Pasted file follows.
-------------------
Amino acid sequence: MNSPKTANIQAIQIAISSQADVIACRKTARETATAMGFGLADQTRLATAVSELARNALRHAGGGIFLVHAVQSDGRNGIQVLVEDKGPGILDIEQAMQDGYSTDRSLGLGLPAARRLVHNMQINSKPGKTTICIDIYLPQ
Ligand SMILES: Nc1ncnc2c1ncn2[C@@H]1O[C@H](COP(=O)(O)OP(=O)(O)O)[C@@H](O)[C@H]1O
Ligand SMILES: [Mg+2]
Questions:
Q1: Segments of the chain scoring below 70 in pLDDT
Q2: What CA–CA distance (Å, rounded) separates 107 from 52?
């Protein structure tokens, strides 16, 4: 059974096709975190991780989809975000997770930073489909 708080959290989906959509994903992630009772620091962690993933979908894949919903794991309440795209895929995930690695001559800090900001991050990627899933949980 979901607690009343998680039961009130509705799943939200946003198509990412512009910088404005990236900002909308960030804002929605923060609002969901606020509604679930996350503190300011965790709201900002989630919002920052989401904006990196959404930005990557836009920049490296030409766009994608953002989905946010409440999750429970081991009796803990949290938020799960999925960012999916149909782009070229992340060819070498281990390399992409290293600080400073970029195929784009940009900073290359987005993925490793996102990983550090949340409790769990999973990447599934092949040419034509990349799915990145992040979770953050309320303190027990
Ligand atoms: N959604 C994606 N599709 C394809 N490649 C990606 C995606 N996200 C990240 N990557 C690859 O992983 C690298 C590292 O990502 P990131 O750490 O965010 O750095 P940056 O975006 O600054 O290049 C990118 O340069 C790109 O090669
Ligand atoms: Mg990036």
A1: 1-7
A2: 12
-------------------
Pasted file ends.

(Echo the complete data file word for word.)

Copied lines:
Amino acid sequence: MNSPKTANIQAIQIAISSQADVIACRKTARETATAMGFGLADQTRLATAVSELARNALRHAGGGIFLVHAVQSDGRNGIQVLVEDKGPGILDIEQAMQDGYSTDRSLGLGLPAARRLVHNMQINSKPGKTTICIDIYLPQ
Ligand SMILES: Nc1ncnc2c1ncn2[C@@H]1O[C@H](COP(=O)(O)OP(=O)(O)O)[C@@H](O)[C@H]1O
Ligand SMILES: [Mg+2]
Questions:
Q1: Segments of the chain scoring below 70 in pLDDT
Q2: What CA–CA distance (Å, rounded) separates 107 from 52?
């Protein structure tokens, strides 16, 4: 059974096709975190991780989809975000997770930073489909 708080959290989906959509994903992630009772620091962690993933979908894949919903794991309440795209895929995930690695001559800090900001991050990627899933949980 979901607690009343998680039961009130509705799943939200946003198509990412512009910088404005990236900002909308960030804002929605923060609002969901606020509604679930996350503190300011965790709201900002989630919002920052989401904006990196959404930005990557836009920049490296030409766009994608953002989905946010409440999750429970081991009796803990949290938020799960999925960012999916149909782009070229992340060819070498281990390399992409290293600080400073970029195929784009940009900073290359987005993925490793996102990983550090949340409790769990999973990447599934092949040419034509990349799915990145992040979770953050309320303190027990
Ligand atoms: N959604 C994606 N599709 C394809 N490649 C990606 C995606 N996200 C990240 N990557 C690859 O992983 C690298 C590292 O990502 P990131 O750490 O965010 O750095 P940056 O975006 O600054 O290049 C990118 O340069 C790109 O090669
Ligand atoms: Mg990036």
A1: 1-7
A2: 12